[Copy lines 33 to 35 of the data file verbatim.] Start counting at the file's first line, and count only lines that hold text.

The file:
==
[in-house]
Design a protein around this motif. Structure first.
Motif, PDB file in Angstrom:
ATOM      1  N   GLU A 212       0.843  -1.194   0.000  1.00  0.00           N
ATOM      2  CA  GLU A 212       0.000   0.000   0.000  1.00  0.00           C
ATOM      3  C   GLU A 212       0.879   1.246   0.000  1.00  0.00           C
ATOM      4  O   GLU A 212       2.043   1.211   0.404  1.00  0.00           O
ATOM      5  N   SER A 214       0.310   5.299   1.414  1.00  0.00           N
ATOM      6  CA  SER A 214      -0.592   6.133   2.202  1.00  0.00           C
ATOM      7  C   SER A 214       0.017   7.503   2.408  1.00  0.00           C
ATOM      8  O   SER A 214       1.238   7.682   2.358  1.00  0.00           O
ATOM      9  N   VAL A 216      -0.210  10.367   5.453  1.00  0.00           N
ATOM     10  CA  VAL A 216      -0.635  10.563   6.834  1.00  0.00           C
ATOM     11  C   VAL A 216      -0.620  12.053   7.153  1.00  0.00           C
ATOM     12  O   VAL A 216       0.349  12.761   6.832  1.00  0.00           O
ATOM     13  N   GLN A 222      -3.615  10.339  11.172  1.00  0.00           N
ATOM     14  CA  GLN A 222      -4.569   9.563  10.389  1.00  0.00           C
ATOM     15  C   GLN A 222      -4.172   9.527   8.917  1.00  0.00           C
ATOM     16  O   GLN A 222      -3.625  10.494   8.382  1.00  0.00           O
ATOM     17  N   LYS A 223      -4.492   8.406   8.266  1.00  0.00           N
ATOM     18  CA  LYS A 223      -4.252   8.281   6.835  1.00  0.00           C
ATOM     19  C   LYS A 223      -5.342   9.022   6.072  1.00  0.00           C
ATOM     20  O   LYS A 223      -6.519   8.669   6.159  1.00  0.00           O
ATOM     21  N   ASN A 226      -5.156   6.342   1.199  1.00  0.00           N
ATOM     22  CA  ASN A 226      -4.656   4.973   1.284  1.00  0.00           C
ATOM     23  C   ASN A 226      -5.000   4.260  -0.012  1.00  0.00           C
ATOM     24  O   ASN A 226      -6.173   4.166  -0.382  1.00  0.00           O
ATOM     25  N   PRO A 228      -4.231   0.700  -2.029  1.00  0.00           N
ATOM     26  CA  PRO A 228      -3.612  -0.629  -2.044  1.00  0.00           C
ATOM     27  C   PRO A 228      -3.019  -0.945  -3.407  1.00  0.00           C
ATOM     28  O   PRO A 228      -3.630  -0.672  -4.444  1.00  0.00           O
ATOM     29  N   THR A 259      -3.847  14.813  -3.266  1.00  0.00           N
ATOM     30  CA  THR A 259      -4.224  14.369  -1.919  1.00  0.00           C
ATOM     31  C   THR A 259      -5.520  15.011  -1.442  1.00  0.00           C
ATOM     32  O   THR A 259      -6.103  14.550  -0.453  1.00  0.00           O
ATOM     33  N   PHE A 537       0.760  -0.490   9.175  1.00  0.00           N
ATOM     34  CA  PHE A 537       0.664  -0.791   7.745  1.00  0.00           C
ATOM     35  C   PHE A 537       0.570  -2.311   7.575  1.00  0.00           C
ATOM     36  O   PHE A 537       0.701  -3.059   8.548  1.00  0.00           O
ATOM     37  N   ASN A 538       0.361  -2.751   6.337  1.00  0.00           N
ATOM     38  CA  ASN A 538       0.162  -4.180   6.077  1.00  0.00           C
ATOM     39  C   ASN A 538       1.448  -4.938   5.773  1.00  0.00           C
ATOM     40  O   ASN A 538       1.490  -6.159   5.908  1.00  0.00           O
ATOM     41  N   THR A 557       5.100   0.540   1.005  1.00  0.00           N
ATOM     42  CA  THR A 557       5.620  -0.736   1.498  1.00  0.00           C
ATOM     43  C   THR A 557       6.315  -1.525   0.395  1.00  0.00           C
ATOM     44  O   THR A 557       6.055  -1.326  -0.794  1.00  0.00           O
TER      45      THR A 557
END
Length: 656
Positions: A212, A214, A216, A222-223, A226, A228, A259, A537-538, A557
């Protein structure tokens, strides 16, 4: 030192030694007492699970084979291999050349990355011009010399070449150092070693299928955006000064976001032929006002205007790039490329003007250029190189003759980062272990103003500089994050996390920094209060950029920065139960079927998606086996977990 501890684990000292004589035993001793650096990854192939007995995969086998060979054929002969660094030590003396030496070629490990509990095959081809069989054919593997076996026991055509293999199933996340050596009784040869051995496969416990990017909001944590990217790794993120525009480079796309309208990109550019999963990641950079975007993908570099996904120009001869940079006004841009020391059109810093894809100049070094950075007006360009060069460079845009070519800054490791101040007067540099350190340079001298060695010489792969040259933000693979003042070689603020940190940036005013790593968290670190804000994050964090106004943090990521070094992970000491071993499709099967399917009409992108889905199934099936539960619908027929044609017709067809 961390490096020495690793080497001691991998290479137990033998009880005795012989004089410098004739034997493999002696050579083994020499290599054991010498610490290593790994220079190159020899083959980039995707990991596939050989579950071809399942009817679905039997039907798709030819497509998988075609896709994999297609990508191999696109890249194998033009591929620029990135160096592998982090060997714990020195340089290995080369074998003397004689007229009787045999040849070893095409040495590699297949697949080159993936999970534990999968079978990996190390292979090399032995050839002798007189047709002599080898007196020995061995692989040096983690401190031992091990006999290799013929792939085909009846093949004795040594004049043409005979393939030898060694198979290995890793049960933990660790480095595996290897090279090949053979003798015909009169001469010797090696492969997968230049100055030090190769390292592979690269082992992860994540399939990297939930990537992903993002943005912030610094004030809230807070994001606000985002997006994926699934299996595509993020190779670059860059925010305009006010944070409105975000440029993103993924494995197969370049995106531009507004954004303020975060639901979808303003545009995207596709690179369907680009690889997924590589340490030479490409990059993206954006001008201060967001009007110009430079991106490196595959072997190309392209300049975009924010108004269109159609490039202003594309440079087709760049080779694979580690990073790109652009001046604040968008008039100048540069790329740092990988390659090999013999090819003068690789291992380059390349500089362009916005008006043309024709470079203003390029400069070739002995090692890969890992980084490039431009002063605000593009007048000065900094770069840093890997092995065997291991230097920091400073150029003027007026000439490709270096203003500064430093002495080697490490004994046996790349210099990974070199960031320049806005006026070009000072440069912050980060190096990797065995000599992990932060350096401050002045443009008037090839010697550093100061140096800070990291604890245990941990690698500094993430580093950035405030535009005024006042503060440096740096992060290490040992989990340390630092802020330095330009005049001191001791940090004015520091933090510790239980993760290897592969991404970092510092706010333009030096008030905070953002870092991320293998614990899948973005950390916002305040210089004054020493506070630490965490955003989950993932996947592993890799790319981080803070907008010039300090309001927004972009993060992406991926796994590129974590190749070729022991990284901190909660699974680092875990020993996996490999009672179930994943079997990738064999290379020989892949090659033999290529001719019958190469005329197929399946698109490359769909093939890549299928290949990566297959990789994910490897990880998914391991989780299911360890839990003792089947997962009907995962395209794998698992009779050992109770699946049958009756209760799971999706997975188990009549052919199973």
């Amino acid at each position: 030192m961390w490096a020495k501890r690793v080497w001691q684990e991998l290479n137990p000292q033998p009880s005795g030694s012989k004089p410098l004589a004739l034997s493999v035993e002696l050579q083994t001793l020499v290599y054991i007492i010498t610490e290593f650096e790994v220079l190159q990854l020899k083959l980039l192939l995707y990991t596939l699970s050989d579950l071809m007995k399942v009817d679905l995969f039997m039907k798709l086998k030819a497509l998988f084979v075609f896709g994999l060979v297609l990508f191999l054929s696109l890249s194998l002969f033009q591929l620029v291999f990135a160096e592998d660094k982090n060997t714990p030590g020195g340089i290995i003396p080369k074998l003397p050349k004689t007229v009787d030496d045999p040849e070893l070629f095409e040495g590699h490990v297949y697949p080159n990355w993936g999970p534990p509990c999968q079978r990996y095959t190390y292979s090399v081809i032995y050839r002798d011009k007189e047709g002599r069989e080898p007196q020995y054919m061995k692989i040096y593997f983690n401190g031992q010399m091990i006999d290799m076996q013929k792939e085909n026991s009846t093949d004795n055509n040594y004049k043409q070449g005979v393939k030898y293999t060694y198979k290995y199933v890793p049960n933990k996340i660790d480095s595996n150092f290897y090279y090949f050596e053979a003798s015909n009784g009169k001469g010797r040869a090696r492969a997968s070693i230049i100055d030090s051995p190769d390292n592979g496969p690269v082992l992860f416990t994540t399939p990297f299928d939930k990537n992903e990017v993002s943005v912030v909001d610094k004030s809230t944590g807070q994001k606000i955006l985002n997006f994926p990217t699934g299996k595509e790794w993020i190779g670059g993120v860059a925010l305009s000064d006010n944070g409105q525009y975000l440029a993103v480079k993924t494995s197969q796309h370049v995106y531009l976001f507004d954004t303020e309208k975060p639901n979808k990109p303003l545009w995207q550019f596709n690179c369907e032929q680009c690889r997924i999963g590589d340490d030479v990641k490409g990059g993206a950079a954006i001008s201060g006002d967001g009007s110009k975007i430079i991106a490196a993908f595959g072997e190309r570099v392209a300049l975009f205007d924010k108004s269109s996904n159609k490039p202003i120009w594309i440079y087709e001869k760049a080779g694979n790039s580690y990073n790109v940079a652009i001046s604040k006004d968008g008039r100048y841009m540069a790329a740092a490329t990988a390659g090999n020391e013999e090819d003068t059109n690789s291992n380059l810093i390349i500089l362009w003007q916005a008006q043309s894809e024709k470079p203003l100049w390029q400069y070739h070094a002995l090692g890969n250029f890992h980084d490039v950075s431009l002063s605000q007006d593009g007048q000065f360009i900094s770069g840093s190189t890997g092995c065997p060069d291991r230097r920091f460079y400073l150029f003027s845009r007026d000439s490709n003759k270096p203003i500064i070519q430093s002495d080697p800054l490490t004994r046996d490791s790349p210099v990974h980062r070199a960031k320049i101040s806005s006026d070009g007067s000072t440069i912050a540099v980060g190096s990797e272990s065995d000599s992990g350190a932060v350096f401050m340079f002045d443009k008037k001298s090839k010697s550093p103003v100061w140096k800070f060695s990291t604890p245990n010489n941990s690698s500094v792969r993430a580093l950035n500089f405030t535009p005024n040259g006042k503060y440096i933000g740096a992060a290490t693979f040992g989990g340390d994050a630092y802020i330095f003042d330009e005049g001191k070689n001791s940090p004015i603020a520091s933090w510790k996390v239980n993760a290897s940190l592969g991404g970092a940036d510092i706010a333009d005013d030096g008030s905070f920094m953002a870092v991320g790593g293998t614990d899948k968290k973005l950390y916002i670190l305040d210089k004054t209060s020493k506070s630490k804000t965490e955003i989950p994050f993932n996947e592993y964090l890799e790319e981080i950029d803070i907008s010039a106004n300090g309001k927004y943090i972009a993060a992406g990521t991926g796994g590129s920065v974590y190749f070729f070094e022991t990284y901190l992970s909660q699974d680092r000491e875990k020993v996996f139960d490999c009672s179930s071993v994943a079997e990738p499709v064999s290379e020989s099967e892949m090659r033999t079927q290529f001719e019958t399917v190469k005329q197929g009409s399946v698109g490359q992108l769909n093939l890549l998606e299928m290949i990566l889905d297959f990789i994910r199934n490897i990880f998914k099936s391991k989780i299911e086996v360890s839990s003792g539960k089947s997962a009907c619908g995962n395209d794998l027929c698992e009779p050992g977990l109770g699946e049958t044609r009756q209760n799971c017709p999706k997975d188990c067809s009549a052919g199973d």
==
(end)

ATOM     30  CA  THR A 259      -4.224  14.369  -1.919  1.00  0.00           C
ATOM     31  C   THR A 259      -5.520  15.011  -1.442  1.00  0.00           C
ATOM     32  O   THR A 259      -6.103  14.550  -0.453  1.00  0.00           O